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Discussion Starter #1
hi everyone, i'm new here.
i'm in the sportswear business making cycling apparel and most of my products are made of 100% polyester microfibre. i tried dye sub on one of my jersey but the area where the print is located turn "glossy" or "shine" due to the high heat needed to get ink into the fabric. temperature used was 200 degree celsius and press for 30secs. is the "shine or gloss" on the fabric normal for dye sub?

thanks
 

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If you are getting a glossy look then lower the temperature. Most dye sub inks will sublimate as low as 325°F/165°C, but your dwell times will need to be extended. Try different times/temperatures until you find the correct combination for your fabric.

The glossy look is not "normal" for dye subbed fabric.
 

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Discussion Starter #3
cprvh said:
If you are getting a glossy look then lower the temperature. Most dye sub inks will sublimate as low as 325°F/165°C, but your dwell times will need to be extended. Try different times/temperatures until you find the correct combination for your fabric.

The glossy look is not "normal" for dye subbed fabric.
Hi cprvh,
thanks for your reply. :)
btw, you mentioned about "dwell times", does it mean the time duration to place the fabric under the press?
thank you very much :D
 

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Discussion Starter #6
thanks for the replies! great information!
i'll have to play around with different settings to get the desired result.
 

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Yes - you'll have to figure out your optimal settings by "trial and error".

I'd say, it'll be very specific to your combination of hardware, consumables, substrates, etc.

From personal experience, I think the most important thing is to figure out a combination of the lightest setting of your press, then time and temperature that will give you the best possible result.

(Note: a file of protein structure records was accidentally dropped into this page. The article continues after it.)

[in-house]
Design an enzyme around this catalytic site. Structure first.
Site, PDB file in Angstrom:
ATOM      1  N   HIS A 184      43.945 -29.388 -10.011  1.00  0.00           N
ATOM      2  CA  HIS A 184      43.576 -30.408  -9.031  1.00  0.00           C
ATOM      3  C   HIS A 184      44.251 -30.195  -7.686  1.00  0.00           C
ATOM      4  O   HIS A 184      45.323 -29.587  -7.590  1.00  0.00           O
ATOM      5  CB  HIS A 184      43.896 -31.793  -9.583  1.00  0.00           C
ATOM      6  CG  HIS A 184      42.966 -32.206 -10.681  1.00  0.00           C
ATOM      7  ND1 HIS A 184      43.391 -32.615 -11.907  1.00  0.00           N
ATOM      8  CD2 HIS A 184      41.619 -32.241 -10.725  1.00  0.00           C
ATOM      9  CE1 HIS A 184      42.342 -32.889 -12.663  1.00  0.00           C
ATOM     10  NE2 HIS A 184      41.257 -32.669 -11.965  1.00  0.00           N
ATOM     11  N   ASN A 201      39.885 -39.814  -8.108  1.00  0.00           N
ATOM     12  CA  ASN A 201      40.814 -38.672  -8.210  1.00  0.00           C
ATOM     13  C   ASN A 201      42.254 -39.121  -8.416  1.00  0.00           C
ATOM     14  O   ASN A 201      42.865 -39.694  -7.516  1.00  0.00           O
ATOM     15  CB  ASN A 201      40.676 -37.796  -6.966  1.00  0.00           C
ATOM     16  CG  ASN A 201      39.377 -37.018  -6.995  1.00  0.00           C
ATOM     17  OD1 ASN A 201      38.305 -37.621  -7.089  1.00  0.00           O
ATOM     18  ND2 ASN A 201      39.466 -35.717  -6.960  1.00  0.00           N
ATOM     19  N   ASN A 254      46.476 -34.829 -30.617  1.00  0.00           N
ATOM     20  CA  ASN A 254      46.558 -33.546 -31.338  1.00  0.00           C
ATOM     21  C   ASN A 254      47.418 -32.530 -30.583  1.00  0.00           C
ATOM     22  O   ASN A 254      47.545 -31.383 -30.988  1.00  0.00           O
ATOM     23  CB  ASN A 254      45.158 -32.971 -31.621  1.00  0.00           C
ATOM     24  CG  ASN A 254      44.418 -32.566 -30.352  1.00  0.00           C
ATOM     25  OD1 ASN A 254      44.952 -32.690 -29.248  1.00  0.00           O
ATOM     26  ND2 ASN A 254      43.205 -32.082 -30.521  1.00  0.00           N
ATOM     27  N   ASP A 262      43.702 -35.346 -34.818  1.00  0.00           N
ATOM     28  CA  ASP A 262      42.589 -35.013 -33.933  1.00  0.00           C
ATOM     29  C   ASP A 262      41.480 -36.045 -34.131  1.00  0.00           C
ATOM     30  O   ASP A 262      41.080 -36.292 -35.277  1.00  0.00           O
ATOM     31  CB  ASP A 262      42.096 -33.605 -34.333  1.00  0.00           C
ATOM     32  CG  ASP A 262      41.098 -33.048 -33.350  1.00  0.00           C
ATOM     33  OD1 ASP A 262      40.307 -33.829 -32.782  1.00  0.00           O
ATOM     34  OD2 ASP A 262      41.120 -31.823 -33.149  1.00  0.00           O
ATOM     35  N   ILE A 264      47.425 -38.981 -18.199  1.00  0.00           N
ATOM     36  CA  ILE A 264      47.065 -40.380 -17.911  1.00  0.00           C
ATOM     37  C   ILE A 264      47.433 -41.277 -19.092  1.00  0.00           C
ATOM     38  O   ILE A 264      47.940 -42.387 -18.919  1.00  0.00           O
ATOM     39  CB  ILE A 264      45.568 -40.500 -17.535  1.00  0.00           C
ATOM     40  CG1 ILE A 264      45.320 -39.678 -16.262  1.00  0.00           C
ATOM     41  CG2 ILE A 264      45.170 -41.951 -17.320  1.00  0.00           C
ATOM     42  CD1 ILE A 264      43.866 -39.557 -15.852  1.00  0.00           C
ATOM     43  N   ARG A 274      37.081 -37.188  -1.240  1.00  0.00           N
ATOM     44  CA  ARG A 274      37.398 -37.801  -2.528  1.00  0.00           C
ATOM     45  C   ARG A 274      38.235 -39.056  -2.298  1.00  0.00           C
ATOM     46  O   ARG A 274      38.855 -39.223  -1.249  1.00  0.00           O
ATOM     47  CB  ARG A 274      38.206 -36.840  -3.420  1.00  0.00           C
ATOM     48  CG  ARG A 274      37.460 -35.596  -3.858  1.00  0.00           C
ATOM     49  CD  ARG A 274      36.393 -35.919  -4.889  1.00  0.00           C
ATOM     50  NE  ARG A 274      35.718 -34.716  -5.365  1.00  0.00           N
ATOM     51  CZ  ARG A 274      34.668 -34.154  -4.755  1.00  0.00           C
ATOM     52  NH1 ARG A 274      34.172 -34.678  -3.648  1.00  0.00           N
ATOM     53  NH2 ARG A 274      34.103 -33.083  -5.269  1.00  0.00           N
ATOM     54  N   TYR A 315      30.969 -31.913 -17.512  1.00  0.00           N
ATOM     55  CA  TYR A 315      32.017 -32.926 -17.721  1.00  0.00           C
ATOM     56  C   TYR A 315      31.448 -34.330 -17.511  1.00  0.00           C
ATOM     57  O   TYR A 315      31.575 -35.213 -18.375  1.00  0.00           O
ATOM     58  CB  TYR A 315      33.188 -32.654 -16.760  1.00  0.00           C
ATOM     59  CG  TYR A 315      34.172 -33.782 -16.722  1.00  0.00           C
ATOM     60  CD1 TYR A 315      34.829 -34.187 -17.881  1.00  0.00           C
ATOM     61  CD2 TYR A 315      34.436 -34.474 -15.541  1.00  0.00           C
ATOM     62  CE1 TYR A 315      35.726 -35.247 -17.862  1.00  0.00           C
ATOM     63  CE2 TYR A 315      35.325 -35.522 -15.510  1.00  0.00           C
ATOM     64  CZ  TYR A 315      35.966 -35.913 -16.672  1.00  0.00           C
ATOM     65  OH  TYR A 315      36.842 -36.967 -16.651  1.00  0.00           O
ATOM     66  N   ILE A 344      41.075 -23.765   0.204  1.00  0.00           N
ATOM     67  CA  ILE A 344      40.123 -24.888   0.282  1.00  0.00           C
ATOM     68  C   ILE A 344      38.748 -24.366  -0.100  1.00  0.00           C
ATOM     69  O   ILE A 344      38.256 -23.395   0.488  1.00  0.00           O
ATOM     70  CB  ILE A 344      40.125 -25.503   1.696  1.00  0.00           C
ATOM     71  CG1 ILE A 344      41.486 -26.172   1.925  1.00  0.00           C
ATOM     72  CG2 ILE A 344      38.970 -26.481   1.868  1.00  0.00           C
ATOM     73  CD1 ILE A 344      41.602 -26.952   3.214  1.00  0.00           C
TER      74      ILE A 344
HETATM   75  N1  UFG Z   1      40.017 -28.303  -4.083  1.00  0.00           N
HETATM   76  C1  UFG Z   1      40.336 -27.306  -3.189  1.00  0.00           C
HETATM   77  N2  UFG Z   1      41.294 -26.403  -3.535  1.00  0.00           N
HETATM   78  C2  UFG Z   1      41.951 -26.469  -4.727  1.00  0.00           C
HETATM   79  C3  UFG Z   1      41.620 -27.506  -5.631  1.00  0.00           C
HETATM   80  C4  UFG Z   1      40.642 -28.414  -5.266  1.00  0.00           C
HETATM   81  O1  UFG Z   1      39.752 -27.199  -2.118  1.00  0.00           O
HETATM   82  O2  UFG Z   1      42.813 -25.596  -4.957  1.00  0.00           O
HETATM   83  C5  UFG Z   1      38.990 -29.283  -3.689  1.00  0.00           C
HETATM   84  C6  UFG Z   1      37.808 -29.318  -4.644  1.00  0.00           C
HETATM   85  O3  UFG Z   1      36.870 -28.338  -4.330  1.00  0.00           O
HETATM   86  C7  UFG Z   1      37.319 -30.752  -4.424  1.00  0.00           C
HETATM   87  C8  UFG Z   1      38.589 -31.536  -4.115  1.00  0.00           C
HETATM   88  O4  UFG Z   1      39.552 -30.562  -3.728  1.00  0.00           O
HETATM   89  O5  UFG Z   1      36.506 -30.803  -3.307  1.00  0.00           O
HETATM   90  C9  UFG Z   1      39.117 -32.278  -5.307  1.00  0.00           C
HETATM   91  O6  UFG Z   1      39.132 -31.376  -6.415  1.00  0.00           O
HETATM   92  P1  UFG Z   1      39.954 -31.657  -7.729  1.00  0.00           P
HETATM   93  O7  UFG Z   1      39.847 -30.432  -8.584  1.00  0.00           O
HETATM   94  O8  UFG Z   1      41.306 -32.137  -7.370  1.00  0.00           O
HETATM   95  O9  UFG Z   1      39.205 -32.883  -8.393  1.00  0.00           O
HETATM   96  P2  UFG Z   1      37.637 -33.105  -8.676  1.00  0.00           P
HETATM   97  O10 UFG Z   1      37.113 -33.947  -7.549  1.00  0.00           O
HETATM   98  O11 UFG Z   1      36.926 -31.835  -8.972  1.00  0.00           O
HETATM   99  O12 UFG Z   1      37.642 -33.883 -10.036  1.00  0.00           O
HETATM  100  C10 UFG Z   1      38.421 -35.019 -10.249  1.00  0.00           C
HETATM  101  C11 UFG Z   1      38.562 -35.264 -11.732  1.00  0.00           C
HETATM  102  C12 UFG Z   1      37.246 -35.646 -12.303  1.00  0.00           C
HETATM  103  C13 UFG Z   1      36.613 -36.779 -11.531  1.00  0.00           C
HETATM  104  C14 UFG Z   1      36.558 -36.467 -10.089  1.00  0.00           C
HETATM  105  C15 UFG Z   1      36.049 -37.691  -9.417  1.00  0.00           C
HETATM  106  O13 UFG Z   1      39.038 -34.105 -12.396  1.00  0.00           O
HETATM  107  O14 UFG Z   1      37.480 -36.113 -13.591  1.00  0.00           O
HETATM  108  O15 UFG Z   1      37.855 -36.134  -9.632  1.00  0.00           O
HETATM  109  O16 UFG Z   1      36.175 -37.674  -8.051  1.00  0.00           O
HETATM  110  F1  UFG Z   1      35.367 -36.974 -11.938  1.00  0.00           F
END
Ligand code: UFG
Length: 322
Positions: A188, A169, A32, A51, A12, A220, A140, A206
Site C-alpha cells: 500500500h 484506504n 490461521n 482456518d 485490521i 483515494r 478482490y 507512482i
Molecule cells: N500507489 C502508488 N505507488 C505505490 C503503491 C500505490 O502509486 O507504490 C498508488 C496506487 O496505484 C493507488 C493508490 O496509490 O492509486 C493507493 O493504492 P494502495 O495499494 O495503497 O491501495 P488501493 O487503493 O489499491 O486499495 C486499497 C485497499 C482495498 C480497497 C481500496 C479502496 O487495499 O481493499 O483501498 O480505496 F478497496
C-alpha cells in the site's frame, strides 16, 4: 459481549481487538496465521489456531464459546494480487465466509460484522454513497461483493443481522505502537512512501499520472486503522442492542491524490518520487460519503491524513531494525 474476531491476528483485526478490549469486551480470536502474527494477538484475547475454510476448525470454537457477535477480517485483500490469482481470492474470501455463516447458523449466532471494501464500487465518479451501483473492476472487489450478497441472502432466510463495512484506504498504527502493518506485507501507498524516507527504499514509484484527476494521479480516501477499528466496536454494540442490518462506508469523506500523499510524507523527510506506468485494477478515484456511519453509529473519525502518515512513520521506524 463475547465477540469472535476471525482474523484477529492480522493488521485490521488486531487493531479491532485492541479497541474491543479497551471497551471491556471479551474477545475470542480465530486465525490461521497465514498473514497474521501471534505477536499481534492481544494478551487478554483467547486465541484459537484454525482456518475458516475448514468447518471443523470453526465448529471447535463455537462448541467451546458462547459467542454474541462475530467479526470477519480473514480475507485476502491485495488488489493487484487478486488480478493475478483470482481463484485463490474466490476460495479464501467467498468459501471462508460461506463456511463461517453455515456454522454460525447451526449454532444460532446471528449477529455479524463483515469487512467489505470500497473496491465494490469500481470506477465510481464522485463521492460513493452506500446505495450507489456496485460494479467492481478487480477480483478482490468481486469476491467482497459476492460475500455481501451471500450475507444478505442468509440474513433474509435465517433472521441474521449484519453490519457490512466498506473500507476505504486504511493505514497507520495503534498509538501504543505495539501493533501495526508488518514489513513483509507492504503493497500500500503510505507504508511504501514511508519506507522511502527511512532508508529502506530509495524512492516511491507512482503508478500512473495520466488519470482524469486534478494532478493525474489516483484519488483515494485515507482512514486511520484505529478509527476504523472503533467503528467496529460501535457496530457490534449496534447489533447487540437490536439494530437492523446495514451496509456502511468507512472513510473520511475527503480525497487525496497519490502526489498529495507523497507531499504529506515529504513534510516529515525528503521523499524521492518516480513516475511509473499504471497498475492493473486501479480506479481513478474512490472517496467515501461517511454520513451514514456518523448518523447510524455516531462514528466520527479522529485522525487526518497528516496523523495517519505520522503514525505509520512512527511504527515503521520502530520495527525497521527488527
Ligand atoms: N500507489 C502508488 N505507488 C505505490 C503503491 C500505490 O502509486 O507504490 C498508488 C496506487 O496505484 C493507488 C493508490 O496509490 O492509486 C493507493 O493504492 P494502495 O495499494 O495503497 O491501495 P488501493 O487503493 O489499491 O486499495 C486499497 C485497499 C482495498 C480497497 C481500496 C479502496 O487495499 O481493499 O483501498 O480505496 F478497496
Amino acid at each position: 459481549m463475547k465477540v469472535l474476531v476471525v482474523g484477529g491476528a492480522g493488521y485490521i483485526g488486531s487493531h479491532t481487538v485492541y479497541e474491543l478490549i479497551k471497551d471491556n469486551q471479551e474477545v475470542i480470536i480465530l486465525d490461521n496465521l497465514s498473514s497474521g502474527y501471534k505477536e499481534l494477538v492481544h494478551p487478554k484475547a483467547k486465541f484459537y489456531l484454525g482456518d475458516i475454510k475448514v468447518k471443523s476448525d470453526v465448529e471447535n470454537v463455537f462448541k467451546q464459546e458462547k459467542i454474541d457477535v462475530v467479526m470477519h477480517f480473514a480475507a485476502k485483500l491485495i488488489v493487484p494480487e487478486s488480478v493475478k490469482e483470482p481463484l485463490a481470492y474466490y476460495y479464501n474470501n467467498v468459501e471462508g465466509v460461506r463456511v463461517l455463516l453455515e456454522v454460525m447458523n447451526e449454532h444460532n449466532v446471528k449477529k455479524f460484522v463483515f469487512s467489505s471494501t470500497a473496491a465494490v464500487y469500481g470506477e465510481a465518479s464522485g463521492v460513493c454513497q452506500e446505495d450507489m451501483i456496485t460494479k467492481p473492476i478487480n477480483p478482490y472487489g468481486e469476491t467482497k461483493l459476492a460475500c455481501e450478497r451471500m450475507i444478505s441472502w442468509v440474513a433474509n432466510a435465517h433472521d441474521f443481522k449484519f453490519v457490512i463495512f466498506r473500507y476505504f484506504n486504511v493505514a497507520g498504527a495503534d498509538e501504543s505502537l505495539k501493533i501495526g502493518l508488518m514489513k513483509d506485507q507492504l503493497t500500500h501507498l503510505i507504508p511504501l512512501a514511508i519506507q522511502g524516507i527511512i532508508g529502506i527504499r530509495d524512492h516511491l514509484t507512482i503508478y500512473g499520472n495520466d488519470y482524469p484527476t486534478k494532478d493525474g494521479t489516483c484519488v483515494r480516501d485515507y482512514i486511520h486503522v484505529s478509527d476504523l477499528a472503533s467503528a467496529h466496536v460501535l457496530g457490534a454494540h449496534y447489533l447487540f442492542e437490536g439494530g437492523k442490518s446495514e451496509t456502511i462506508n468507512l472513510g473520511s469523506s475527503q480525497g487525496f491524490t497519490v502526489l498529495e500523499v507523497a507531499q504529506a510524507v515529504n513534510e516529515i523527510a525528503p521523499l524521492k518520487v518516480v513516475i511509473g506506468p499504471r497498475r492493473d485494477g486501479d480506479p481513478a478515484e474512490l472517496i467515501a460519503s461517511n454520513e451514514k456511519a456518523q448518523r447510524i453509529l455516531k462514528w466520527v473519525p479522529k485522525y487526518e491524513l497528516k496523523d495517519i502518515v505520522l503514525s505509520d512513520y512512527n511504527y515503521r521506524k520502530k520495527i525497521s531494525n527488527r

Too light pressure may cause bleeding or colour variations, too high pressure may actually compress the fabric itself resulting in shine and paper marks...
High temperature and high pressure may "bake" the whole thing - changing both colour and texture...

From where I stand - when you've got it ALL right - it's worth it!

I've been using dye-sub for more than a year now and have a list of tricks that work for me in certain cases - i.e.:

1. if I'm printing a logo on a polo shirts i'd raise the area to be printed (using fabric folded to shape, cut to shape cardboard, coaster, etc.) and I also cut out the logo to avoid shine (and melting buttons).
2. If I know that the fabric tends to shine too much - I'll turn the garment inside out and position the transfer from the inside towards the hot platten. Dwelling time (and/or temperature) would have to be increased.
3. In some cases I use a piece of white fabric placed over the cut-out transfer instead of a teflon sheet - preferably the same texture as a shirt I press onto.

I generally tend to try and print on anything that (I think) might be suitable - just to know my options.

Wow, it's my longest post so far!

Good luck and welcome aboard!
 
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